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Connor Friedersdorf doesn't get it when it comes to tolerance. We should, of course, be respectful of other views. Even right-winger Charles Krauthammer, in his new book, talks about the need to respect all views and how he doesn't have all the answers. But we can and should be intolerant of intolerance. Silence means consent, and when you refuse to speak out against homophobia, you give your consent to it. That is what Martin Luther King taught us.

Based on my observation of this community over 10 years, I would say that we hold five basic pillars -- equality of opportunity, preserving and expanding the social safety net, non-interventionism in foreign affairs, ending the military industrial complex and corporate welfare and the police state, and the use of science to uphold our positions. We take a strong stance against corruption and it is no accident that FDR and Obama are among the least corrupt administrations in the last 100 years.

A lot of people crossed over and voted for both Obama and Proposition 8 in California. But since then, we, as a party and as a movement, have come to a lot better understanding of what our values are. As long as we do not support equality of opportunity for all, then there are always going to be people who will be second-class citizens. President Obama did not support gay marriage at first, but finally came out in favor of it in 2012 because he came to a better understanding of what we need to stand for. Many of us went along the same journey. But the problem with Brendan Eich was that he never changed from his position even though it was public support for one of the most mean-spirited amendments in American history. Obama opposed Proposition 8, because it ran counter to his vision of a country where we were much more inclusive and much more willing to provide equality of opportunity. So when someone is that public with his support of something that mean-spirited, it creates a serious conflict of interest. How can someone like Eich be objective in deciding who to hire, fire, or promote? And another problem was that his public stances and his company's values were two totally different things.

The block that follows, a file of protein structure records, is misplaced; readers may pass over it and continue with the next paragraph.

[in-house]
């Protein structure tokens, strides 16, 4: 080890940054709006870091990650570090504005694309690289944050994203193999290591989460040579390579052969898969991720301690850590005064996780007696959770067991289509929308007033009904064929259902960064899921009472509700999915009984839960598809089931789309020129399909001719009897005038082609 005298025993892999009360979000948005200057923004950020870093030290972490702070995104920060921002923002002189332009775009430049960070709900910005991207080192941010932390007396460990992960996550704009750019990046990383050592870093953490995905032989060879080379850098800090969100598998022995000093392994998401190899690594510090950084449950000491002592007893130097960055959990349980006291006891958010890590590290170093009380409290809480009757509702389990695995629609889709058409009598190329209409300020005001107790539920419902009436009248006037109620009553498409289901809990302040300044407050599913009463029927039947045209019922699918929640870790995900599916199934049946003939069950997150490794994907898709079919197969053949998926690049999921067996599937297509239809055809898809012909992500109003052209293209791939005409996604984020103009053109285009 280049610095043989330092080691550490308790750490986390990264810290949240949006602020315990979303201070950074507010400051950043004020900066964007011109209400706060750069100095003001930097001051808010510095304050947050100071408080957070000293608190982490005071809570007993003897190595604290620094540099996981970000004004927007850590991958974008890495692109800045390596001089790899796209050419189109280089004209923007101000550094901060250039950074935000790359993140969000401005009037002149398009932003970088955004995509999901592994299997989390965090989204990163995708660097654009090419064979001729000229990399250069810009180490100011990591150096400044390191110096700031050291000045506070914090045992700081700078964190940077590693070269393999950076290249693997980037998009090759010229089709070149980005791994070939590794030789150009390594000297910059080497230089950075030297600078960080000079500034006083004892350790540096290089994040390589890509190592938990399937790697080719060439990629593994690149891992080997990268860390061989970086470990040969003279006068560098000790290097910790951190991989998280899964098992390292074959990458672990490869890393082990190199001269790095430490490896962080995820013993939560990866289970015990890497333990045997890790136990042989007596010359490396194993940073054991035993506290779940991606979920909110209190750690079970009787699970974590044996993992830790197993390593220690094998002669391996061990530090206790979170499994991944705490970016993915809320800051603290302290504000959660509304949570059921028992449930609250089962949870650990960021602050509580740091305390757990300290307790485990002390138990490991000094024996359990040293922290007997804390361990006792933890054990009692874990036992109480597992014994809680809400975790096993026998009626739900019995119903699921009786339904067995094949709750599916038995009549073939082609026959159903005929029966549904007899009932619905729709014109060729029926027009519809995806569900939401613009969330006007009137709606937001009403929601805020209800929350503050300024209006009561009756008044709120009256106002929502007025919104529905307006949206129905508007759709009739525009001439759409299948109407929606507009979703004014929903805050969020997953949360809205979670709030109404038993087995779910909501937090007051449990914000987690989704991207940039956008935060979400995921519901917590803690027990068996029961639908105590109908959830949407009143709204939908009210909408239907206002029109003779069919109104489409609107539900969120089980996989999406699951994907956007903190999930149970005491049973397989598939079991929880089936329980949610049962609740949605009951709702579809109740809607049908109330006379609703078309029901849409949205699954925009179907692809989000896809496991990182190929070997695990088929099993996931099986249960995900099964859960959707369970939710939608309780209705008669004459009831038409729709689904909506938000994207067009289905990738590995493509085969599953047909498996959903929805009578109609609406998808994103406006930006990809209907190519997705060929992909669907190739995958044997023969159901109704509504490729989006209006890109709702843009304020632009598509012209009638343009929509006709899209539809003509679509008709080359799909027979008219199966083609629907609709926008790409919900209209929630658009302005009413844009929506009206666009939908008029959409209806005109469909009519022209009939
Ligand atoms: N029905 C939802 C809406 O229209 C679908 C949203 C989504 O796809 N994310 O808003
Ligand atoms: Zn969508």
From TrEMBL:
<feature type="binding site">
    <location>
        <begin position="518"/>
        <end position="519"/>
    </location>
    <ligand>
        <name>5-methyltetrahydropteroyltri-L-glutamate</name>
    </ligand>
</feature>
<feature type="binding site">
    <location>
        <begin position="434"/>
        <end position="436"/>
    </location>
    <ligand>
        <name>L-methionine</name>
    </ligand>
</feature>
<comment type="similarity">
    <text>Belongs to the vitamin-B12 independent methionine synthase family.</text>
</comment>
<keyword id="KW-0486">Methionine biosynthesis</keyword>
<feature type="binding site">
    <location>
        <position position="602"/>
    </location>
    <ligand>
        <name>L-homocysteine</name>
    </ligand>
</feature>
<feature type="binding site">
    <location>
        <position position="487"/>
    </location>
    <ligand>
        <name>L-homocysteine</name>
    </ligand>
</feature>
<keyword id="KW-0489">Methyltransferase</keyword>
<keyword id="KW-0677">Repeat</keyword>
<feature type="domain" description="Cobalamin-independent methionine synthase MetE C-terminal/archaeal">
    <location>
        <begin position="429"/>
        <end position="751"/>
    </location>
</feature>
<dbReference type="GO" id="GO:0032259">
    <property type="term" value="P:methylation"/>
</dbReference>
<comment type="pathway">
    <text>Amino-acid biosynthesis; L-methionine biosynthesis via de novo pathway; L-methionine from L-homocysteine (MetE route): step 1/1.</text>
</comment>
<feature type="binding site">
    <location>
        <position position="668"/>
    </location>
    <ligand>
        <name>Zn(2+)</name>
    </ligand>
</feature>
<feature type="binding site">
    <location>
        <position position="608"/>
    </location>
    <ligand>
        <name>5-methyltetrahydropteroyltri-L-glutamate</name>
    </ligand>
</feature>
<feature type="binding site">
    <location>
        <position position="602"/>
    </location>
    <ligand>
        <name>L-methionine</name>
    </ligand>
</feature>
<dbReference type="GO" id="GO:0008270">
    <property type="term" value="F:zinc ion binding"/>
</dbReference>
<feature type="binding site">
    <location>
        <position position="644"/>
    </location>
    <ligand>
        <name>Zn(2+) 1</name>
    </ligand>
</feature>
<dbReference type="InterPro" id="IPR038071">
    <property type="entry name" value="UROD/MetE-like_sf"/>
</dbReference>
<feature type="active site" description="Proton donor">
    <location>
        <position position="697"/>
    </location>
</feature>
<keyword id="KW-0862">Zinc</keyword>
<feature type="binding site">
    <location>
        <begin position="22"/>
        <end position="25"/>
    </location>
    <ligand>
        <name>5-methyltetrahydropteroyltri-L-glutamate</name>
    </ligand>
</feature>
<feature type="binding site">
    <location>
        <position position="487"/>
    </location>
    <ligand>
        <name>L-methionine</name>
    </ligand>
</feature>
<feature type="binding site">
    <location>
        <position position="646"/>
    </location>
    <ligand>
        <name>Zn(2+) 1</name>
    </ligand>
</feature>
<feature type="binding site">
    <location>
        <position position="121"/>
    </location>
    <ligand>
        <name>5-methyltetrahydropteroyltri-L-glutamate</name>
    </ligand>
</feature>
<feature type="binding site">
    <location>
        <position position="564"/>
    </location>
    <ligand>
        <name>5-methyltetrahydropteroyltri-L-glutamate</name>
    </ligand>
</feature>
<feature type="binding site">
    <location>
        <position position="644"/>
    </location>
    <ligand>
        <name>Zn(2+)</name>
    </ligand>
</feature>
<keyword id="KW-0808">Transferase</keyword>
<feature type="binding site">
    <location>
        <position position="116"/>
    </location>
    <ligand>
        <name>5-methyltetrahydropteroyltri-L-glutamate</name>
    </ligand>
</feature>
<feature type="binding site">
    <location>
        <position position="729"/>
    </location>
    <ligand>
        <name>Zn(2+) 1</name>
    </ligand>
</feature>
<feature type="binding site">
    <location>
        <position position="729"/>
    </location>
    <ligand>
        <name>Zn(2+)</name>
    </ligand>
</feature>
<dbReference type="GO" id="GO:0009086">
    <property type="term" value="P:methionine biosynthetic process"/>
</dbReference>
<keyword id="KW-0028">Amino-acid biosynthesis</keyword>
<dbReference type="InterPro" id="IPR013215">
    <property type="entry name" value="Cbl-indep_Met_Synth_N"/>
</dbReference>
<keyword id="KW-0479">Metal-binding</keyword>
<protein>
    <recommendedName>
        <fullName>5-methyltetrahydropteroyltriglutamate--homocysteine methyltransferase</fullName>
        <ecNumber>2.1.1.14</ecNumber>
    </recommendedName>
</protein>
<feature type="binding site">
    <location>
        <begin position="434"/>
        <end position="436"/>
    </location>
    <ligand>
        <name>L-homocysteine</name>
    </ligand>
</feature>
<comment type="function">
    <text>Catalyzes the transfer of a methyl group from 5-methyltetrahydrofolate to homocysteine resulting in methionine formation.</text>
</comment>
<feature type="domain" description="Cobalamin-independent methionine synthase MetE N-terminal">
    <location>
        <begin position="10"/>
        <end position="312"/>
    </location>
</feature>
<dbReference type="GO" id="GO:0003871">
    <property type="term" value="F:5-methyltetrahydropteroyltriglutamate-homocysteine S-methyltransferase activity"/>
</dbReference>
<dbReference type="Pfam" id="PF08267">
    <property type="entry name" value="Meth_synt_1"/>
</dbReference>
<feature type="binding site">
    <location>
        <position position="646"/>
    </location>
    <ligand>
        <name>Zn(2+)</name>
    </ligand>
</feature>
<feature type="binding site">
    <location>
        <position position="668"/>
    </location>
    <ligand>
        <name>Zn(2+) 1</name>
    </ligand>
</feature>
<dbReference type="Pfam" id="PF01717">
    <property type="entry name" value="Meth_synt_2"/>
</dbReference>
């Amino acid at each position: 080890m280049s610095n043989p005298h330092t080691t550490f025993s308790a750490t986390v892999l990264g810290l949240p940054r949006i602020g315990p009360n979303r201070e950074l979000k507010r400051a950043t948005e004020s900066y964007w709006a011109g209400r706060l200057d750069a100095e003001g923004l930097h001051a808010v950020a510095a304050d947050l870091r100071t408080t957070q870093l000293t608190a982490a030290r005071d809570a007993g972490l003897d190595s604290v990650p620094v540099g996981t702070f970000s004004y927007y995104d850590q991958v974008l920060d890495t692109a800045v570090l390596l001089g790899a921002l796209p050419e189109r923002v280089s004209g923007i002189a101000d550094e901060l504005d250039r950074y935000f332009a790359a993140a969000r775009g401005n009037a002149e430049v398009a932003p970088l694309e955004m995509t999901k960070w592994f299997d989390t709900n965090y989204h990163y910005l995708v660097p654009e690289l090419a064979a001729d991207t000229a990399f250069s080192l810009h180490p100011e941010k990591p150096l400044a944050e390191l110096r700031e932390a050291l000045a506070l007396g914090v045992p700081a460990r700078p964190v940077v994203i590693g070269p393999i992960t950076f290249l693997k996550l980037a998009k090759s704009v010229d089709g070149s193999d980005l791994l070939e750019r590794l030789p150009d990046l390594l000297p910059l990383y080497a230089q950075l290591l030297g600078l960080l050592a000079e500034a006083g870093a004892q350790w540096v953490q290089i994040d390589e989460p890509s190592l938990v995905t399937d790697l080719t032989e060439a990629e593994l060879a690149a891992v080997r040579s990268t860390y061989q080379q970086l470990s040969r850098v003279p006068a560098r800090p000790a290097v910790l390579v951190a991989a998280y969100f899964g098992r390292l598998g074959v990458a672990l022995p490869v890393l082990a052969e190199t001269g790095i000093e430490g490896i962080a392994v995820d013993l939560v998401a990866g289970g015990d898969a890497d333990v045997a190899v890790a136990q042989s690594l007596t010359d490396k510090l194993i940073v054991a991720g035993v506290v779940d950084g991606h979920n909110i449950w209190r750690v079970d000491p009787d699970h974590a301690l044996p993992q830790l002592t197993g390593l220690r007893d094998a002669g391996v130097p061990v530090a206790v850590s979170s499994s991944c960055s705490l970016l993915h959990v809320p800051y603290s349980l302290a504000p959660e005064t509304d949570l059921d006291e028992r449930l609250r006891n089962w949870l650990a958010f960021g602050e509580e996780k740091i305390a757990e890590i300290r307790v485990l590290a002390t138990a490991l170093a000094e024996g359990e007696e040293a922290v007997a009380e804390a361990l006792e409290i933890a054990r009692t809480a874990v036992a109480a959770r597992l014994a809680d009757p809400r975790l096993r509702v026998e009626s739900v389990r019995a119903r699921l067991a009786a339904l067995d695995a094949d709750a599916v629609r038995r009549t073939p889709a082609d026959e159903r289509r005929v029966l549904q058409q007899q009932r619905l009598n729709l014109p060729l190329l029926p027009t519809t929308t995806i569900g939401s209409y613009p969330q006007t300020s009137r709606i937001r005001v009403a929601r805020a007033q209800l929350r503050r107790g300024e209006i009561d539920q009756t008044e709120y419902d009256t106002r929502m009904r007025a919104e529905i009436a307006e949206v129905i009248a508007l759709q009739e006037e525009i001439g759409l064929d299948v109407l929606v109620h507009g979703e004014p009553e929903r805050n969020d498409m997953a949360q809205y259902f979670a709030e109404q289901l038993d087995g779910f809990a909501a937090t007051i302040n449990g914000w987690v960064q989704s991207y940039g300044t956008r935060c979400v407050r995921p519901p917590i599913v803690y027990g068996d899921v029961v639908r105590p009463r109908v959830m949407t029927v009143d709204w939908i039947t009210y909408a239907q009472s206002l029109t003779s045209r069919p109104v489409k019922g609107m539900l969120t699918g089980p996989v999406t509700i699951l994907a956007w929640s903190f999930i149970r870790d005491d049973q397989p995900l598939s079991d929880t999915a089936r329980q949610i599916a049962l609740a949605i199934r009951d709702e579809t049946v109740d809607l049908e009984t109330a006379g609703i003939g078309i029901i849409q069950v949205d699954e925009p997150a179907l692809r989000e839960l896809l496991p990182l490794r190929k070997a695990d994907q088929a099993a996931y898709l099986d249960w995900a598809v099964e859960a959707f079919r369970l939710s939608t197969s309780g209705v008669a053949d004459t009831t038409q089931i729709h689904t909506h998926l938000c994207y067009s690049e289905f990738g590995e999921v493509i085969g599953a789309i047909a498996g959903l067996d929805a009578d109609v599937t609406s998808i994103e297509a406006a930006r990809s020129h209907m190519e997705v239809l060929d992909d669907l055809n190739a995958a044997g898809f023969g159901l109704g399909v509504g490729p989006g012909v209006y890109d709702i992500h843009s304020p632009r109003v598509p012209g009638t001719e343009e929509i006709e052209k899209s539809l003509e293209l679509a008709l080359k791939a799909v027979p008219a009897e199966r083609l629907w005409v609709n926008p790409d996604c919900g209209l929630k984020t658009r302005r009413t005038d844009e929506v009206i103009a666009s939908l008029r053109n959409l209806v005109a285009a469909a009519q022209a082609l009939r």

Now, let's discuss Friedersdorf. First, he argues that opposition to gay marriage and opposition to interracial marriage are not the same thing.